You might think that $50,000 is an awfully big carrot, a prize that’s tasty enough to lure even the most reluctant chef before television cameras.

But Rob Evans, owner of Duckfat in Portland, confesses his first reaction to going back on the Food Network show “Chopped” was, “Thanks, but no thanks.” He thought about it for two months before changing his mind and saying yes.

The show is actually “Chopped Champions,” a contest that pits 16 past winners of the “Chopped” show against one another in the kitchen. Evans was shown winning round four in last week’s episode and advancing to face three other chefs in the grand champion round, airing at 10 p.m. Tuesday. The winner will receive $50,000, a reward that’s much grander than the show’s usual $10,000 prize.

The chefs had to cook three dishes using mystery baskets of ingredients that usually contain unusual combinations of foods. The rounds were timed, and one chef was “chopped” by the judges after each round.

“I have to say, I enjoy the cooking part of it,” said Evans, 49. “The first time it’s really anxious, and then as you get an idea of what it’s like, it’s just fun. Just ready, set, go, try to make something that’s better than everyone else. Whether it’s delicious or not, I don’t know. It just has to be more delicious than the other three guys, because it’s not the way I cook. It’s very quick and short.”

Duckfat, where Evans and his cooks corn tongues for three weeks, brine food overnight and make their own charcuterie and fermented sodas, has had three wins on “Chopped” — not bad for a little northern New England sandwich shop.


Evans won $10,000 on an episode that aired in October 2011 before winning round four of last week’s “Chopped Champions.” A Duckfat cook, Missy Corey, took home $10,000 from the show in April of last year.

The staff at the restaurant had a party during last week’s airing of “Chopped Champions” and watched it together, “which was a blast to have my whole crew behind me and my own cheering section,” Evans said.

He plans to watch Tuesday’s grand champion show with a small circle of friends. Evans and his wife, Nancy, live on a farm in western Maine and don’t have cable TV.

Although Evans almost didn’t participate in the show this time around, in the end, he decided he couldn’t turn down the national exposure for his restaurant.

“You know, the money’s tempting, but it’s about PR,” he said. “I don’t like being on television, really. I think I do OK on it, because I just ignore the cameras and talk my spiel.

“As I was thinking about doing it, I just couldn’t toss away the PR that it offers. As a restaurant owner and chef, win or lose, it’s a win for me, because the exposure is so huge. “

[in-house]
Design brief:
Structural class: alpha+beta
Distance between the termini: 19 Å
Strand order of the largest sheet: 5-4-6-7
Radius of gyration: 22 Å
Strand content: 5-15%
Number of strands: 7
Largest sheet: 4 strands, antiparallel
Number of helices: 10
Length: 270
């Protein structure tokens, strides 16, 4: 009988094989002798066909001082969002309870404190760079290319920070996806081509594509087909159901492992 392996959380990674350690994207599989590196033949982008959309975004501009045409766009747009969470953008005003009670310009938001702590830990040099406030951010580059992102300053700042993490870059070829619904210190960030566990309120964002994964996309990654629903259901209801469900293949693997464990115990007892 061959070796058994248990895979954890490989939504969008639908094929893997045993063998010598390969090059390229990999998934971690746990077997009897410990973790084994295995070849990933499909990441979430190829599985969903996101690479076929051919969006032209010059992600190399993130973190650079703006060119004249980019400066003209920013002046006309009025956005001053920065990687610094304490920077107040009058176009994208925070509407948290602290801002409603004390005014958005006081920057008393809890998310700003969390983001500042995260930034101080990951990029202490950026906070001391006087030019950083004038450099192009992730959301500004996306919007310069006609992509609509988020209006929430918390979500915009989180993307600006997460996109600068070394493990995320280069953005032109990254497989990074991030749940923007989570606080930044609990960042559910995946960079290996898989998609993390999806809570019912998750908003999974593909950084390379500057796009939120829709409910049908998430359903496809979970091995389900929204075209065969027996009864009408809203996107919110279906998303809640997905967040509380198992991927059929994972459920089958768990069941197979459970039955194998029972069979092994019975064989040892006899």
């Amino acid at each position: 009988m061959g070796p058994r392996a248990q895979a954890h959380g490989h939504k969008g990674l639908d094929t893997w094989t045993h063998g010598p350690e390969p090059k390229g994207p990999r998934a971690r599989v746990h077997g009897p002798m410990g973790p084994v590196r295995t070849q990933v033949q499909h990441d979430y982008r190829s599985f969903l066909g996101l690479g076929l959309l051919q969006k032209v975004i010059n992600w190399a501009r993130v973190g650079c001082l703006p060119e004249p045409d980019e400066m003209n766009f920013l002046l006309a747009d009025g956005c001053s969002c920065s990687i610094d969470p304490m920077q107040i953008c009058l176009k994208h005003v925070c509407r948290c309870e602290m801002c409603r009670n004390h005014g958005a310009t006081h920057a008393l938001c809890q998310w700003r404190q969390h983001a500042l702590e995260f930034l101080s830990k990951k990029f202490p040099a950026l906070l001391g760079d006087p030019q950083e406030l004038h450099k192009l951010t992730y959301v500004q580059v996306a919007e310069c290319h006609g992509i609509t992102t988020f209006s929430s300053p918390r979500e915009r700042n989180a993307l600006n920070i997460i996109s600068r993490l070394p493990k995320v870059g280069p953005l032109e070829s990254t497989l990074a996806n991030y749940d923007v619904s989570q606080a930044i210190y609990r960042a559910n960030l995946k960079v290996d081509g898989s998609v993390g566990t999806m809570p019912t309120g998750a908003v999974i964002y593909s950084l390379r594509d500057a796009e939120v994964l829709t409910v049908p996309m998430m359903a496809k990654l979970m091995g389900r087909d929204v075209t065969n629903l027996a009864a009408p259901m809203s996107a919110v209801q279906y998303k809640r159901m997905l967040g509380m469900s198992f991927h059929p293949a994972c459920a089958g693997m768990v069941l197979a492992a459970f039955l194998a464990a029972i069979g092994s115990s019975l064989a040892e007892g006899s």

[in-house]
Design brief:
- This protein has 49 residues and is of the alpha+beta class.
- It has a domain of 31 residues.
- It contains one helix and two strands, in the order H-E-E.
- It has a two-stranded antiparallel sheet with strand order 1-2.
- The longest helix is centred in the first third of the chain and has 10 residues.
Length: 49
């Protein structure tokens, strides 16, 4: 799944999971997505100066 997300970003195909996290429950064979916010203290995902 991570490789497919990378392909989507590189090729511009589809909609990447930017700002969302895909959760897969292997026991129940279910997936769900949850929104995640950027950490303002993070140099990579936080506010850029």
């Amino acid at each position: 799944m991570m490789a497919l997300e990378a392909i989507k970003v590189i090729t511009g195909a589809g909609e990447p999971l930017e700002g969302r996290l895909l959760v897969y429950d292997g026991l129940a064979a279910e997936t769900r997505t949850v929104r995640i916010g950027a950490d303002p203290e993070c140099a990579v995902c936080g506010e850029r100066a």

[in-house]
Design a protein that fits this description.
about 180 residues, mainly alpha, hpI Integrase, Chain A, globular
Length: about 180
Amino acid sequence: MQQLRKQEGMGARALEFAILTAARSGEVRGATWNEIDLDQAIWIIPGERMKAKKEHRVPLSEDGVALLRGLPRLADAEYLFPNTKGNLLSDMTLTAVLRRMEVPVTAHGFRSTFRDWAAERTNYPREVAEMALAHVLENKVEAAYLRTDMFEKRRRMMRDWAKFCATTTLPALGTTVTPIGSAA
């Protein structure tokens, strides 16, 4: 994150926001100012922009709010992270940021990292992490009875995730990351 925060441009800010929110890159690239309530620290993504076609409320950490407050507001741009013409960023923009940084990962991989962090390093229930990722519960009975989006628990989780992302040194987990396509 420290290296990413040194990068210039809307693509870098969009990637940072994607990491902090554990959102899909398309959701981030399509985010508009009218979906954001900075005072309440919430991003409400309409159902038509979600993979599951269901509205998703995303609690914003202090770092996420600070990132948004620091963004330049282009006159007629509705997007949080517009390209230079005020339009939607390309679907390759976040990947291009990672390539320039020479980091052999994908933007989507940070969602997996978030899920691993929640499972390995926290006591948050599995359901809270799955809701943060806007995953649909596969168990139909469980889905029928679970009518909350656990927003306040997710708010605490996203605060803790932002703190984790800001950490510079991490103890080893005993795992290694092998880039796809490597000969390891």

Evans started his restaurant career 30 years ago.

“When I started cooking, it wasn’t as glamorous as it is today,” he said. “I loved the counter-culture aspect of it. I did a lot of traveling with it. It wasn’t until, I think, 10 years into it that I started thinking about it as a serious career.”

Evans owned Hugo’s on Middle Street for 12 years. His work at that restaurant won him national acclaim and, in 2009, a James Beard award for Best Chef Northeast. He has owned Duckfat, just down the street from Hugo’s, for eight years.

Evans is an avid supporter of Share Our Strength, an organization that fights childhood hunger in Maine. He began by volunteering at the group’s annual Taste of the Nation benefit dinner, and upped his involvement after raising $48,000 for the organization in a single night at Hugo’s.

He now organizes similar events, called “No Kid Hungry” dinners, throughout the year at other restaurants. On Sunday night, he joined Sam Hayward of Fore Street and Chad Conley of Gather in Yarmouth making pizzas at Flatbread for a more casual, family-style benefit dinner. There will be another one at Gather on April 7.

“I try to rally chefs to come on board and do this,” Evans said. “I don’t always cook at them, but I’m there. I help them get donated food and help them figure out their menu.”


The giving back is part of what Evans called a “well-balanced life,” one that he can have now that he is settled on his 80-acre Limington farm, where he is raising pigs and hopes to eventually grow vegetables for his restaurant.

“For the last 25 years, I’ve been trying to buy land in Maine and live a rural life,” he said, “but I own a business in Portland, so right now we spend half the time out in the country and half the time in Portland. It’s a little bit healthier lifestyle than I had at Hugo’s. I have more time for family, more time for friends, more time for my health, more time for my wife, all of it.

“It’s been a nice next level for me. I think most people in my position just go off and expand, and I have no dreams of an empire. I want to make a good living and be connected to all aspects of my life.”

Evans cannot reveal any of the details of Tuesday’s episode of “Chopped Champions,” including the outcome. He said on last week’s show that if he won the $50,000, he’d probably buy a tractor.

“I’m hoping now that I’ve done enough PR that I can just retreat to my property out west and not have to see a TV camera anymore,” he said.

Staff Writer Meredith Goad can be contacted at 791-6332 or at:


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